With the help of a talking freeway billboard, a "wacky weatherman" tries to win the heart of an English newspaper reporter, who is struggling to make sense of the strange world of early-90s Los Angeles.
Richard E. Grant
Joe Mulholland, Head of Production at a Hollywood studio, makes a rather fool-hardy promise to a dying friend. He undertakes to make a major movie using the title - if not the content - of ... See full summary »
Juliet Forrest is convinced that the reported death of her father in a mountain car crash was no accident. Her father was a prominent cheese scientist working on a secret recipe. To prove it was murder, she enlists the services of private eye Rigby Reardon. He finds a slip of paper containing a list of people who are "The Friends and Enemies of Carlotta." Searching for answers, Rigby encounters assorted low-lifes: dangerous men and women who were the hallmarks of the classic detective movies of the 40's and 50's. Filming in black and white allows scenes from old movies to be cut into this film. It is through this process that Rigby's assistant is none other than Philip Marlowe himself. Written by
Tony Fontana <email@example.com>, Ed. by Peter Victor <firstname.lastname@example.org>
When Rigby (Steve Martin) is exchanging a $5 bill for a $1 bill with Ray Milland through the cracked open doorway, you can clearly see that the bill is marked "Series 1969" which is about 25 years after the time the film is set in. See more »
[Reardon enters Dr. Forrest's rented office through a door that has an address number "2" plaque]
I had no trouble finding Dr. Forrest's cheese lab. It smelled like the number on the door.
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After the Cast there comes the dedication: Dead Men Don't Wear Plaid was Edith Head's final film. To her, and to all the brilliant technical and creative people who worked on the films of the 1940's and 1950's, this motion picture is affectionately dedicated. See more »
DMDWP is a black and white film noir comedy that uses footage from real film noirs from the 40s and 50s and inter cuts them with the plot to make it appears that Steve Martin is really talking to/acting with the likes of Humphrey Bogart, Bette Davis, James Cagney etc. The effect is almost seamless but for a movie made in 1982 it's quite impressive.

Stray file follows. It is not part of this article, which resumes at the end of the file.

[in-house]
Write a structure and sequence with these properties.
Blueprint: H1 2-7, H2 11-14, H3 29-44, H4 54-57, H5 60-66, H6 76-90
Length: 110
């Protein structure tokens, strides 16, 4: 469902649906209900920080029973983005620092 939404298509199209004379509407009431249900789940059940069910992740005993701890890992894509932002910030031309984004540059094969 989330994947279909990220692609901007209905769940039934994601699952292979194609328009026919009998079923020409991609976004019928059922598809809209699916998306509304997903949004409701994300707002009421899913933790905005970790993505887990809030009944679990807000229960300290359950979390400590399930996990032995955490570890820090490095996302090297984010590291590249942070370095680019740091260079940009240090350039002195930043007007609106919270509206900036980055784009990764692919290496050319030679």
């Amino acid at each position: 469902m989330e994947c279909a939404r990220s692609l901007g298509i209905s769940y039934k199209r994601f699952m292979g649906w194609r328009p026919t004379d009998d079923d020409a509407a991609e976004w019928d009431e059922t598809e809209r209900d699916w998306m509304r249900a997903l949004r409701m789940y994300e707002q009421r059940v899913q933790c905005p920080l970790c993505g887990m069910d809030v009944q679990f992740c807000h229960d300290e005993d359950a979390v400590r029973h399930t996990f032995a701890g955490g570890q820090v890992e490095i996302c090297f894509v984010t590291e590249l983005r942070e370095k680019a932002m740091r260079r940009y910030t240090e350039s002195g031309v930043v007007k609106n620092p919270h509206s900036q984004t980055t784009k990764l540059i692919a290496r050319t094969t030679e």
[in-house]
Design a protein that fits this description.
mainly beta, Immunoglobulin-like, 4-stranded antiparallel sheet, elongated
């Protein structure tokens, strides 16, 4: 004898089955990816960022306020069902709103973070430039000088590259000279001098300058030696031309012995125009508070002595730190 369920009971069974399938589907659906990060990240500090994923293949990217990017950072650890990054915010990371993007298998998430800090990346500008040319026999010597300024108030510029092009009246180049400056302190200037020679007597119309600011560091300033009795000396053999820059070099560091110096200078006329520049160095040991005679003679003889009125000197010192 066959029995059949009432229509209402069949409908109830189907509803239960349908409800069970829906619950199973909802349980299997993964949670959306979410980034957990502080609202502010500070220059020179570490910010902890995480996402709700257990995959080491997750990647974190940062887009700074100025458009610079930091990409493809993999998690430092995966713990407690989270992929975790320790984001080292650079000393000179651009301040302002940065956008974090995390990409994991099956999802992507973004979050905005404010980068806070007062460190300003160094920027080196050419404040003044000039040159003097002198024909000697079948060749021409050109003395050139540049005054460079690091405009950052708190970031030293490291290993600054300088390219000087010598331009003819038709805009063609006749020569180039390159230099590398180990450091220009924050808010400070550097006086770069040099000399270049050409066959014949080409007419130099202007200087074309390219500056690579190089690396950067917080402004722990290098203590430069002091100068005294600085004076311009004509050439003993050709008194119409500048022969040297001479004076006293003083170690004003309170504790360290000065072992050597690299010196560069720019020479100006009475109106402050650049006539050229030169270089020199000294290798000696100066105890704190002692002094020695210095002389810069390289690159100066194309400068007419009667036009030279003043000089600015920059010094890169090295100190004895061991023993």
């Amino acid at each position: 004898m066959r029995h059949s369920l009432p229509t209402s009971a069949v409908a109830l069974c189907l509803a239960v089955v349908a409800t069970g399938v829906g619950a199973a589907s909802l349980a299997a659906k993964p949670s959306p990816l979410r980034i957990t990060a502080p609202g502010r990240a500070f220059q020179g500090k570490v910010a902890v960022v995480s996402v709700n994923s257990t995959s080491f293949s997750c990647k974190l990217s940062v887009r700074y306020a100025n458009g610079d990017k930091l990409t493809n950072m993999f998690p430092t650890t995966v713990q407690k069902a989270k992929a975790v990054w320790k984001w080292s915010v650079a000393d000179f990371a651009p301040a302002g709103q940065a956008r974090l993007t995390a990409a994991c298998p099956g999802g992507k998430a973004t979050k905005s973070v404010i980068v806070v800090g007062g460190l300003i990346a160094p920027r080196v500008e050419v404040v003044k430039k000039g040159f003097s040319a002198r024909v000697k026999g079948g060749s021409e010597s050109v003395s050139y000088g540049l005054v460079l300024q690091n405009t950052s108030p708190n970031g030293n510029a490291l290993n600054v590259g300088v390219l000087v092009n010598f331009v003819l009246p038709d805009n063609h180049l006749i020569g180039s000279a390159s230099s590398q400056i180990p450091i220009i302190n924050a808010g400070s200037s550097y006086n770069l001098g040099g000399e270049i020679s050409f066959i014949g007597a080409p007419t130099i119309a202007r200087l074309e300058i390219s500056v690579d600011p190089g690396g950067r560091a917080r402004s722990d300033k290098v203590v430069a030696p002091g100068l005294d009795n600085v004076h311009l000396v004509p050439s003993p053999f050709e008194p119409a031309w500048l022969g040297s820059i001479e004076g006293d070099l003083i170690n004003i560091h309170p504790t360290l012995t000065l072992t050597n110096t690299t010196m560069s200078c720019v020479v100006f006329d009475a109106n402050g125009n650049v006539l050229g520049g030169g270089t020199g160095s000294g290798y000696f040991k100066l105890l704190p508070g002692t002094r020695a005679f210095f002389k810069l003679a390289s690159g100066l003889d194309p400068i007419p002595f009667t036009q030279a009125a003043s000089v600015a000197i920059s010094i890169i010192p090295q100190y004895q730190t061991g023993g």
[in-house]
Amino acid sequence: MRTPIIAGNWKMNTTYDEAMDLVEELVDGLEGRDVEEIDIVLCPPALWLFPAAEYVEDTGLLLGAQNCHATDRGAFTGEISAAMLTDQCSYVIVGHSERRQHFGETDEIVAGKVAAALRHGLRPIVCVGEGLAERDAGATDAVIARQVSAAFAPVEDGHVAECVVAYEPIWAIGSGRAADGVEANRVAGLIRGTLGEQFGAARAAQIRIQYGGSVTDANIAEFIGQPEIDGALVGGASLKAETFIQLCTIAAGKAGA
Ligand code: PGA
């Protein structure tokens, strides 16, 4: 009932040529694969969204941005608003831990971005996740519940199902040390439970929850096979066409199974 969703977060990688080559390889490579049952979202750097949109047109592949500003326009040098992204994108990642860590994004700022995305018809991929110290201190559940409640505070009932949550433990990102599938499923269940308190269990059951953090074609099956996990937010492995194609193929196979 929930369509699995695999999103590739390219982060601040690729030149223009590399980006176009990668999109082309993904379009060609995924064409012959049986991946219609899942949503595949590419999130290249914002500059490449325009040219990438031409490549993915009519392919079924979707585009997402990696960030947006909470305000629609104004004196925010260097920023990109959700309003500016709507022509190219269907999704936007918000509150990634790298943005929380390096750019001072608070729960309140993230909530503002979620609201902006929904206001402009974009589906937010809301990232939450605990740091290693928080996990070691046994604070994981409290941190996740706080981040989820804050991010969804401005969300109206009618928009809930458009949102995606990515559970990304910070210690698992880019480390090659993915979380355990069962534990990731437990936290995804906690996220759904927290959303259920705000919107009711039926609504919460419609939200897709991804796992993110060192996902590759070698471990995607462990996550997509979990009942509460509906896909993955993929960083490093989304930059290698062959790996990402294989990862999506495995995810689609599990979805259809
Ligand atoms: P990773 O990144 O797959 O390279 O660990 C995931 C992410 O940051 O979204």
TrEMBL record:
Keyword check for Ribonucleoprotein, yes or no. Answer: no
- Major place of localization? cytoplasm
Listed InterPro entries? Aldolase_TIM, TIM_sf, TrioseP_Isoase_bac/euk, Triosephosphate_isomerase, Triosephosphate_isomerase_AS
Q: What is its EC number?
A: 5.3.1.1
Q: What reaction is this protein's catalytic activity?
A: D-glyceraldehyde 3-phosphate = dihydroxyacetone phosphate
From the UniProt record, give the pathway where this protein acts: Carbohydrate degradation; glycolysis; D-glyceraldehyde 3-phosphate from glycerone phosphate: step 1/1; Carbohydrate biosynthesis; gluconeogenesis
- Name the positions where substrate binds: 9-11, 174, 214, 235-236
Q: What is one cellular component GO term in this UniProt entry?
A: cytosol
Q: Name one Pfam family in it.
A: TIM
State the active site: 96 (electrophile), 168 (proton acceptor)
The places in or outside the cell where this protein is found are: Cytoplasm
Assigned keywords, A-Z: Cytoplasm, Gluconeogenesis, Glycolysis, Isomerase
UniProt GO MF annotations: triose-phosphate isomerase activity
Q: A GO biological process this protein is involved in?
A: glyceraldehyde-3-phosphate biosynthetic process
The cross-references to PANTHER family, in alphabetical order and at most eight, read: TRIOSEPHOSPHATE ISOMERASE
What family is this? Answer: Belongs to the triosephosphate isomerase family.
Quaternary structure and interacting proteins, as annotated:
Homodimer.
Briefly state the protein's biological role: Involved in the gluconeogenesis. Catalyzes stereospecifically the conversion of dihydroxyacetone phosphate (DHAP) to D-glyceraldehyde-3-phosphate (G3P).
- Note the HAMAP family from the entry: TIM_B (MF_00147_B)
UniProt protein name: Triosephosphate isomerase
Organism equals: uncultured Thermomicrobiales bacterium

Martin plays the wonderfully named Rigby Reardon, a typical, gritty private eye who narrates the story with sarcastic observation and gets involved in the usual femme fatal plot and a conspiracy surround the death of a cheese maker. Yes, it's nonsense, and towards the end it becomes a bit hard to follow and the silliness gets out of control. But it's all played straight and for most of the film you could believe you were actually watching a classic film noir.
Steve Martin should have done more of these movies. Rigby Reardon was a great character and could have lasted for a few more movies. The humor is frequently hilarious and he certainly retains a lot of the integrity he has lost in recent years since he went the way of Eddie Murphy and sold himself out to family audiences. Either way, I say you should give this movie a go if you're a fan of his older work.
The DVD is sadly in non-anamorphic 1.85:1 widescreen with Dolby 2.0 surround. It still looks quite good for a black and white film and the sound has that limited sound space effect to it to make it fit in with the older footage. A Dolby 5.1 remix would have been totally unnecessary. Some boring extras (trailer, cast bios) are included.
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